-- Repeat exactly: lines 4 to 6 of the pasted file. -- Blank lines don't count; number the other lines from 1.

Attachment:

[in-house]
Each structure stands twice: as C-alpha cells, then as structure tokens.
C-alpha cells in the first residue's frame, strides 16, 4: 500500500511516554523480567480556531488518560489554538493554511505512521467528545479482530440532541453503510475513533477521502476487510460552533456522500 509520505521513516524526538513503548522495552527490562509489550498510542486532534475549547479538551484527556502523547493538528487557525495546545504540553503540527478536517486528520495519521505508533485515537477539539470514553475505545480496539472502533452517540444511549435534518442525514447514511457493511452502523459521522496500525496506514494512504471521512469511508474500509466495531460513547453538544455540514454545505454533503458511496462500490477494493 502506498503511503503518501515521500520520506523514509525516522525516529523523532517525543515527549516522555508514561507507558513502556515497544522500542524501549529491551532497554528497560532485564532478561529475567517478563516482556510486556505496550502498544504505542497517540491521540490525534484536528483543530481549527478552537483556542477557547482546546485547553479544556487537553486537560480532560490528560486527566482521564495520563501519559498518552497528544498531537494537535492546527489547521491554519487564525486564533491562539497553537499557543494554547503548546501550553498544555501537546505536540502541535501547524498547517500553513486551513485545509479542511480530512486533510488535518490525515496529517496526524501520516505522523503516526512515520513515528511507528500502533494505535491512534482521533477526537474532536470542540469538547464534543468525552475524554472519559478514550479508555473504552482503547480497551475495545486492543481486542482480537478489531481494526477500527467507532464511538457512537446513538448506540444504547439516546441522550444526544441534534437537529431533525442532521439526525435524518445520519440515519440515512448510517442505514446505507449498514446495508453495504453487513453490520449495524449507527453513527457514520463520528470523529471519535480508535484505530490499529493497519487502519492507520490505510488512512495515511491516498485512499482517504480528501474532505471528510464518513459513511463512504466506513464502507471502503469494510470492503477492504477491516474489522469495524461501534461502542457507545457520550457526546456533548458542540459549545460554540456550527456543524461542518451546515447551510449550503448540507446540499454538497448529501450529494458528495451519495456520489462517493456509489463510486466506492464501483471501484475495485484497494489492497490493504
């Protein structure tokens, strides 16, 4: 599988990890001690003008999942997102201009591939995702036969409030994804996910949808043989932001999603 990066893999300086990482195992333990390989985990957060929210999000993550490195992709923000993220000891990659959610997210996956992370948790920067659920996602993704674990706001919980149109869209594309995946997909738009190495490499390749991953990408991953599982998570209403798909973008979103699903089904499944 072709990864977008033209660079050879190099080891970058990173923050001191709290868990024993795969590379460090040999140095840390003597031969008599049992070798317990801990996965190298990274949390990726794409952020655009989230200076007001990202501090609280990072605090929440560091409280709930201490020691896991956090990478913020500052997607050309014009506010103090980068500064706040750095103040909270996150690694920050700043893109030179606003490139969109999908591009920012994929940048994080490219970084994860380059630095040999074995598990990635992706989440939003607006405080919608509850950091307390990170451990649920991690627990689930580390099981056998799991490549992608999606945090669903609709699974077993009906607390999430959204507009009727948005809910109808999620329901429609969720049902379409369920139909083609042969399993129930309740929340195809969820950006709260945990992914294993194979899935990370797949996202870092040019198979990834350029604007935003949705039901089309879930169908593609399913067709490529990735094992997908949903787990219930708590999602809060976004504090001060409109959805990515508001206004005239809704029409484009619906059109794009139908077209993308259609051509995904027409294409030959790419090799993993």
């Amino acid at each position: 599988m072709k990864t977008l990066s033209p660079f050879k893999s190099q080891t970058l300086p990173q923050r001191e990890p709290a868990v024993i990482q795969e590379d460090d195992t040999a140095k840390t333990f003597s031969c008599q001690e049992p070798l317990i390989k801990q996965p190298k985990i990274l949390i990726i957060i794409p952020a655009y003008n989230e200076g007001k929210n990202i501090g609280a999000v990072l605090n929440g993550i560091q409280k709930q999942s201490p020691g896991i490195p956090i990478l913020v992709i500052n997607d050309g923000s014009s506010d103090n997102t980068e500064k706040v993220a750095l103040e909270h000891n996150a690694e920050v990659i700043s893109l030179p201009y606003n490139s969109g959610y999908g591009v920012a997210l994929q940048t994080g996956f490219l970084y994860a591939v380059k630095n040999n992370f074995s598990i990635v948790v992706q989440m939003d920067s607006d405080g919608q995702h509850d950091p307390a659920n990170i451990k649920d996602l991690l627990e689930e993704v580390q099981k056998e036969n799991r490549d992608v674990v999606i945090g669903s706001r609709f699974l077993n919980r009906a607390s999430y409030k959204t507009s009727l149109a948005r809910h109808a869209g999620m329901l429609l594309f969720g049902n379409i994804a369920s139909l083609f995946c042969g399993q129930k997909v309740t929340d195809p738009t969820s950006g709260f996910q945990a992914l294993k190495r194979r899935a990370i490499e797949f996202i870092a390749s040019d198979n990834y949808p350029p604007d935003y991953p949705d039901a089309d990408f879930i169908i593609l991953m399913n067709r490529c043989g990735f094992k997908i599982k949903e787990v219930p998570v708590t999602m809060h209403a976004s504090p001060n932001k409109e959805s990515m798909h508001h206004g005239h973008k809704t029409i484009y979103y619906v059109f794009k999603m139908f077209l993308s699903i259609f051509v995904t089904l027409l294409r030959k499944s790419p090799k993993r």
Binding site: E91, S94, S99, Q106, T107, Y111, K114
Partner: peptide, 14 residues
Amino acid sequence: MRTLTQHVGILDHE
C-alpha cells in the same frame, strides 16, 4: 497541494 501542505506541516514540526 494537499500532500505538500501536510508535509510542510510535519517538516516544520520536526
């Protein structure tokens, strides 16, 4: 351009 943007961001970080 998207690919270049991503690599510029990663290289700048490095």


């Protein structure tokens, strides 16, 4: 599988990890001690003008999942997102201009591939995702036969409030994804996910949808043989932001999603 990066893999300086990482195992333990390989985990957060929210999000993550490195992709923000993220000891990659959610997210996956992370948790920067659920996602993704674990706001919980149109869209594309995946997909738009190495490499390749991953990408991953599982998570209403798909973008979103699903089904499944 072709990864977008033209660079050879190099080891970058990173923050001191709290868990024993795969590379460090040999140095840390003597031969008599049992070798317990801990996965190298990274949390990726794409952020655009989230200076007001990202501090609280990072605090929440560091409280709930201490020691896991956090990478913020500052997607050309014009506010103090980068500064706040750095103040909270996150690694920050700043893109030179606003490139969109999908591009920012994929940048994080490219970084994860380059630095040999074995598990990635992706989440939003607006405080919608509850950091307390990170451990649920991690627990689930580390099981056998799991490549992608999606945090669903609709699974077993009906607390999430959204507009009727948005809910109808999620329901429609969720049902379409369920139909083609042969399993129930309740929340195809969820950006709260945990992914294993194979899935990370797949996202870092040019198979990834350029604007935003949705039901089309879930169908593609399913067709490529990735094992997908949903787990219930708590999602809060976004504090001060409109959805990515508001206004005239809704029409484009619906059109794009139908077209993308259609051509995904027409294409030959790419090799993993």
């Amino acid at each position: 599988m072709k990864t977008l990066s033209p660079f050879k893999s190099q080891t970058l300086p990173q923050r001191e990890p709290a868990v024993i990482q795969e590379d460090d195992t040999a140095k840390t333990f003597s031969c008599q001690e049992p070798l317990i390989k801990q996965p190298k985990i990274l949390i990726i957060i794409p952020a655009y003008n989230e200076g007001k929210n990202i501090g609280a999000v990072l605090n929440g993550i560091q409280k709930q999942s201490p020691g896991i490195p956090i990478l913020v992709i500052n997607d050309g923000s014009s506010d103090n997102t980068e500064k706040v993220a750095l103040e909270h000891n996150a690694e920050v990659i700043s893109l030179p201009y606003n490139s969109g959610y999908g591009v920012a997210l994929q940048t994080g996956f490219l970084y994860a591939v380059k630095n040999n992370f074995s598990i990635v948790v992706q989440m939003d920067s607006d405080g919608q995702h509850d950091p307390a659920n990170i451990k649920d996602l991690l627990e689930e993704v580390q099981k056998e036969n799991r490549d992608v674990v999606i945090g669903s706001r609709f699974l077993n919980r009906a607390s999430y409030k959204t507009s009727l149109a948005r809910h109808a869209g999620m329901l429609l594309f969720g049902n379409i994804a369920s139909l083609f995946c042969g399993q129930k997909v309740t929340d195809p738009t969820s950006g709260f996910q945990a992914l294993k190495r194979r899935a990370i490499e797949f996202i870092a390749s040019d198979n990834y949808p350029p604007d935003y991953p949705d039901a089309d990408f879930i169908i593609l991953m399913n067709r490529c043989g990735f094992k997908i599982k949903e787990v219930p998570v708590t999602m809060h209403a976004s504090p001060n932001k409109e959805s990515m798909h508001h206004g005239h973008k809704t029409i484009y979103y619906v059109f794009k999603m139908f077209l993308s699903i259609f051509v995904t089904l027409l294409r030959k499944s790419p090799k993993r």
Binding site: E91, S94, S99, Q106, T107, Y111, K114